Perhaps I should say a few words about the nature of doubt in this context. If you consider that your intellect is the criterion and that you have a right to submit all the data of revelation and all forms of experience to the judgement of the intellect, you are bound to condemn as unacceptable everything that does not fit within the categories of your intellect at the point of development it has reached at a given moment, and in the context of the culture which is yours at this particular time. Yet this is exactly the phenomenon before us. No longer is it the experience of the Church which is the object of this onslaught of the intellect. It is the scriptural text itself which may be taken to be faulty when it does not correspond to the intellectual expectations of the reader. The text can be reinterpreted or misinterpreted in ways which can be warranted perhaps by linguistics. But this is to forget that language forms part of a spiritual tradition and must be understood within this tradition and not outside it. Not surprisingly, it becomes a commonplace to attack the text of the Gospels, to argue that it is unsatisfactory, that it must be understood in a away in which the Church never did understand it. Here, indeed, is something which is inherent to the human approach to truth, and at the root of any progress in thought or in experience.

Let me make a parallel between the doubt, or succession of doubts, which a fever can have, and the way in which a scientist confronts created reality. A scientist collects all the existing facts of which he is aware. To begin with they are disparate; they may belong together in any way. The scientist tries to group them and at a certain moment, when a number of facts are capable of being held together, a model is built that allows him to hold all these facts together and reason about in their totality. If the scientist is honest and creative, the first thing he will do is to ask himself whether his model holds, whether it is a model that has no intrinsic flaw within itself, whether it takes into account all the information possessed to date. If he is satisfied on these counts, his next move will be to look for new facts that will not fit in with his model and will explode it. For the aim of a scientist list is not to create a model for which he will be remembered in the history of science. His aim is to create temporary models, hypotheses; models that must explode in order to enlarge knowledge and to contain new knowledge. Doubt in that respect for a scientist is a creative activity, an activity which is elating because the discovery that something does not fit in a preconceived or ready-made model allows him to discover reality on a wider scale and to see that reality unfolds wider and wider, deeper and deeper, making it possible for him to discard one hypothesis after the other, one model after the other. For him reality is unshakeable and cannot be lost because the model is exploded.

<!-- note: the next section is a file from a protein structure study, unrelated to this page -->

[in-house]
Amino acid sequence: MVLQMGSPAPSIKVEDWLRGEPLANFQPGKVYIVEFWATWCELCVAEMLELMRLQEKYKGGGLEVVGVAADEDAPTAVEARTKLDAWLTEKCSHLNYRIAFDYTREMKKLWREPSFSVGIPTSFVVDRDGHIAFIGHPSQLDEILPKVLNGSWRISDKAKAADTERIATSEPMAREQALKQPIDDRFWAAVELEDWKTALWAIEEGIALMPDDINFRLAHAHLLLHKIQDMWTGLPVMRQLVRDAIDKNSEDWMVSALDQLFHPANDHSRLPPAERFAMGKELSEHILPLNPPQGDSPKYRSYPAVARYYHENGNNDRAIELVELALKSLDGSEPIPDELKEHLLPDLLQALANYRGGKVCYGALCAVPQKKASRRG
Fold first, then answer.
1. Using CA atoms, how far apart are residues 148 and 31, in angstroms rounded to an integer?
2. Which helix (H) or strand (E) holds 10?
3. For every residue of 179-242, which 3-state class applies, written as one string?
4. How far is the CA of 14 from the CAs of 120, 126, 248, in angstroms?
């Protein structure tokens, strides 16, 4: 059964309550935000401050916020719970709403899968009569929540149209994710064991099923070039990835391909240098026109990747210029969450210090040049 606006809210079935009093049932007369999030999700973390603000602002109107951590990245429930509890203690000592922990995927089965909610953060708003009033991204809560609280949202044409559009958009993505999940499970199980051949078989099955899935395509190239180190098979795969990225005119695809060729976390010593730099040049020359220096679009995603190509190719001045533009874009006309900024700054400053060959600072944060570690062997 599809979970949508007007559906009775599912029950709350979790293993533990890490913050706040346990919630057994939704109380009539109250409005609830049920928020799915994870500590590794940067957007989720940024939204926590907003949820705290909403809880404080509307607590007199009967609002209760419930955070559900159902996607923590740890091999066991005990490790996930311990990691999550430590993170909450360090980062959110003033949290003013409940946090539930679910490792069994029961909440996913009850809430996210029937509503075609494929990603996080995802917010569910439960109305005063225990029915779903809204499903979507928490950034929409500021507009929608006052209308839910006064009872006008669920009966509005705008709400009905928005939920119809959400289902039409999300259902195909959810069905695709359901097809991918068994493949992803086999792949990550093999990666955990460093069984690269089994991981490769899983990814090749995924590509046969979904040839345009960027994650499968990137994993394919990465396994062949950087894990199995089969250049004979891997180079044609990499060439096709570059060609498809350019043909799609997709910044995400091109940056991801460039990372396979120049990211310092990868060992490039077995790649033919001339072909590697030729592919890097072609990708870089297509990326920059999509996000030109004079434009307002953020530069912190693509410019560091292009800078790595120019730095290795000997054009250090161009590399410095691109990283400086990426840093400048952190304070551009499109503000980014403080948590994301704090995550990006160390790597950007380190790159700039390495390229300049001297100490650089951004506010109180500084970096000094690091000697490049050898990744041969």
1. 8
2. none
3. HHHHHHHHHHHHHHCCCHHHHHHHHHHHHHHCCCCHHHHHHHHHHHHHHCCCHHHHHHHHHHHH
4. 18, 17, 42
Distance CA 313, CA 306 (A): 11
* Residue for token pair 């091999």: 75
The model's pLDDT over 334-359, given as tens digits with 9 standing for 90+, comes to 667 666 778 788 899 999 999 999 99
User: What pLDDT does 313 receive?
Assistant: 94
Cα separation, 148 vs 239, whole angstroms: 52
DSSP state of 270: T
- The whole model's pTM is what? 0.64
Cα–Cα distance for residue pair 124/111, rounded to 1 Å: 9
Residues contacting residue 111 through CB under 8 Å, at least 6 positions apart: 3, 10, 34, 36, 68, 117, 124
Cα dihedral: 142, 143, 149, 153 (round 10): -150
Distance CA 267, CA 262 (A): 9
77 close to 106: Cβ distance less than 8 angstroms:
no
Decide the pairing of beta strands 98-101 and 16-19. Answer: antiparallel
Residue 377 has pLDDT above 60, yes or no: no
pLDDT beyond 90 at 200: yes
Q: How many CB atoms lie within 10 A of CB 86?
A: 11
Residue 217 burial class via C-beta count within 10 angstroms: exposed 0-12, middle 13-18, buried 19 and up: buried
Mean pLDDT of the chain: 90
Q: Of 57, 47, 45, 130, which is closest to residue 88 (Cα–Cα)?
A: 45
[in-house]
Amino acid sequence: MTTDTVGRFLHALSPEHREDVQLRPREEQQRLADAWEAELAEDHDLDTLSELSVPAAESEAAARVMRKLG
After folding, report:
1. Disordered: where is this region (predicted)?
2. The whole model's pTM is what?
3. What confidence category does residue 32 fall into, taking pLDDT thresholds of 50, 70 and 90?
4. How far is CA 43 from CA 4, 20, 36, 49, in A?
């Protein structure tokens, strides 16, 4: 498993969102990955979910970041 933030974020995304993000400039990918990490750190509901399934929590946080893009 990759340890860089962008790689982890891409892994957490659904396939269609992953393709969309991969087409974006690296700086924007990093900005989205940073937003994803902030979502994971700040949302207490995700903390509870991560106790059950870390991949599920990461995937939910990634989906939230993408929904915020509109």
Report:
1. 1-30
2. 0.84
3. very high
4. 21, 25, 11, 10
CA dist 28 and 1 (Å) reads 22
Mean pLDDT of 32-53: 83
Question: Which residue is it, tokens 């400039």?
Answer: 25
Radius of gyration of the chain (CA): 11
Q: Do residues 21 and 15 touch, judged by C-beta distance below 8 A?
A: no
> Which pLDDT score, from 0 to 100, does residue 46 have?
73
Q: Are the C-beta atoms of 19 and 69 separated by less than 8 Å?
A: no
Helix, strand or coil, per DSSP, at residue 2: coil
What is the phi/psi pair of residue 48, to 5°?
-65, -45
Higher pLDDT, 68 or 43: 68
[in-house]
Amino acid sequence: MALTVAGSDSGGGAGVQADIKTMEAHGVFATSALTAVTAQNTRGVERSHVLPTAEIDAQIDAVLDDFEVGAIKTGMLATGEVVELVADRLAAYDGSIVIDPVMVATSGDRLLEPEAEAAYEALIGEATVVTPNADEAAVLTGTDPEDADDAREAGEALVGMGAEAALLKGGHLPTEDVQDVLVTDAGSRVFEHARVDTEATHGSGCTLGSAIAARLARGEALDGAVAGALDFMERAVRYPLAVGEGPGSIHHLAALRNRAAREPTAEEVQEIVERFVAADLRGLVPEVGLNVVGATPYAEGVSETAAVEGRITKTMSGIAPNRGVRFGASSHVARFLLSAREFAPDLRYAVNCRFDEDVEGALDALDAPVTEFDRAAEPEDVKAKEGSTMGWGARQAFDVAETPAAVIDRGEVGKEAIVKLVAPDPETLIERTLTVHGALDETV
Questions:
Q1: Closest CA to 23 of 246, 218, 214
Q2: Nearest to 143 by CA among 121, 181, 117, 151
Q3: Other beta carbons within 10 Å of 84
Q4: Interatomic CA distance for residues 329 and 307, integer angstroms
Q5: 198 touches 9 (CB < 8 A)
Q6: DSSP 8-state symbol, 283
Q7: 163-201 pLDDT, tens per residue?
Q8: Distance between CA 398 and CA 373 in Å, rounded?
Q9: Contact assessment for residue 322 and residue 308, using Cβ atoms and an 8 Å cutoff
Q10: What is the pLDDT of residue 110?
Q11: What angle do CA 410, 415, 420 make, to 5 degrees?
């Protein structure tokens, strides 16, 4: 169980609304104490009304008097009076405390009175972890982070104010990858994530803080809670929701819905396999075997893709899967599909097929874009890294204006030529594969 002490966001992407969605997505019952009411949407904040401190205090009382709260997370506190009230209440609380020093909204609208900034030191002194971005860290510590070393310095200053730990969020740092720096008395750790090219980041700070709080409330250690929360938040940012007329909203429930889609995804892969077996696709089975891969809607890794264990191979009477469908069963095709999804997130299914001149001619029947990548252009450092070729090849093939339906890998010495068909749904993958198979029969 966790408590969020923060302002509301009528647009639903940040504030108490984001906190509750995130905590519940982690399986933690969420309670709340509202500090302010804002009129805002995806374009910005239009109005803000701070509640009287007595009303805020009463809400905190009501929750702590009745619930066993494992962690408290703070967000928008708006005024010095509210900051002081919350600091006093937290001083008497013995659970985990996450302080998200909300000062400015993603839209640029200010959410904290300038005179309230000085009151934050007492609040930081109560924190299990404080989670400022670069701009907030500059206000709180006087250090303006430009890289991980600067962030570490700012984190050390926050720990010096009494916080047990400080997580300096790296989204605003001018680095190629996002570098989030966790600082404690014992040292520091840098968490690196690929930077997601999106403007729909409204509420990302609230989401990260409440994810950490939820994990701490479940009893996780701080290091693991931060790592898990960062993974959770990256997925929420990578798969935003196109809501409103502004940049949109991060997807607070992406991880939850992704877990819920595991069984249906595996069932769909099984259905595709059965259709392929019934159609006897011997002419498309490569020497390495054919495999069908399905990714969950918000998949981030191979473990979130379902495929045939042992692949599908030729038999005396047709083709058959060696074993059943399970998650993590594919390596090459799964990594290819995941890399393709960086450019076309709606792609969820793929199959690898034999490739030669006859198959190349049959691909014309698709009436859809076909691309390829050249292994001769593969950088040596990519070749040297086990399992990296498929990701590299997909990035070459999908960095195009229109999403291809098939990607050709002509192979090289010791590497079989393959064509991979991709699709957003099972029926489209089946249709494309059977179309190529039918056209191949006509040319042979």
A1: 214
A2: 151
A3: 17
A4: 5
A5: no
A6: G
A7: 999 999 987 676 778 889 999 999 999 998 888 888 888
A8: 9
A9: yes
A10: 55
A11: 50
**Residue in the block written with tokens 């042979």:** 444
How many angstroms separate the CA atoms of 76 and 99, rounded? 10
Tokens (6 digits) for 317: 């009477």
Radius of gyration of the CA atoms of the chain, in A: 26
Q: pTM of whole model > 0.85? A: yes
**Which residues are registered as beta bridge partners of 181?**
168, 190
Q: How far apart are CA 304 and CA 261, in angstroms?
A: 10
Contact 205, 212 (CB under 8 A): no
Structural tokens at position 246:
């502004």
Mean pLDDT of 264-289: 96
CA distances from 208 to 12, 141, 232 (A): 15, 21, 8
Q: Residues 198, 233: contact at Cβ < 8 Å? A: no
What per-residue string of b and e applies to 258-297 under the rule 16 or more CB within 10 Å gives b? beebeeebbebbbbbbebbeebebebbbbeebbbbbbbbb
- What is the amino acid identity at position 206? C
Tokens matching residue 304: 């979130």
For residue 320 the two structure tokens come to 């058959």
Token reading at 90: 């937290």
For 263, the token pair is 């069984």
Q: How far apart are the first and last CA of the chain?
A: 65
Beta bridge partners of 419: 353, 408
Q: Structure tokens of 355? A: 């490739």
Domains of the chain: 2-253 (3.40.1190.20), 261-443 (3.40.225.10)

What is tragic in the doubt which we find in a believer is that instead of saying that the model of God, of creation, of the Church, of man which satisfied him fifty years ago no longer satisfied him, can no longer satisfy his intellectual and spiritual development, he makes an either/or decision: either to retrench himself in the old or to abandon his former position altogether. Whereas the developing person who rejects the model he earlier had of God or the creation when confronted with the depths and range of science or of philosophy, is proceeding with something not only legitimate but essential. By contrast, a believer who at the age of eighteen or eighty would remain faithful to a model adequate for an eight-year-old would be spiritually and mentally backward, incapable for communing with all the vastness, depth and greatness of God and of his creation.

Doubt, creative and destructive